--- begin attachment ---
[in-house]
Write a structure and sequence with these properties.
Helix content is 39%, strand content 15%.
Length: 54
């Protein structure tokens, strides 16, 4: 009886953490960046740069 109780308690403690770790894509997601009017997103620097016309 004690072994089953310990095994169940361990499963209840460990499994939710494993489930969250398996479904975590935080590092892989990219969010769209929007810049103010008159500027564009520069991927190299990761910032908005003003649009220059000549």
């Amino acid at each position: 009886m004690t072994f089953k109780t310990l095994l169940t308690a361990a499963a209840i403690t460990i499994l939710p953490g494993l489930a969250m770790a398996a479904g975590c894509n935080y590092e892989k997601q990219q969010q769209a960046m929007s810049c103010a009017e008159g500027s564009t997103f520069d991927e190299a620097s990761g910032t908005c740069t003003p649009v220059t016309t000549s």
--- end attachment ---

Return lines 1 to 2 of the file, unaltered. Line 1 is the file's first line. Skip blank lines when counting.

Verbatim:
[in-house]
Write a structure and sequence with these properties.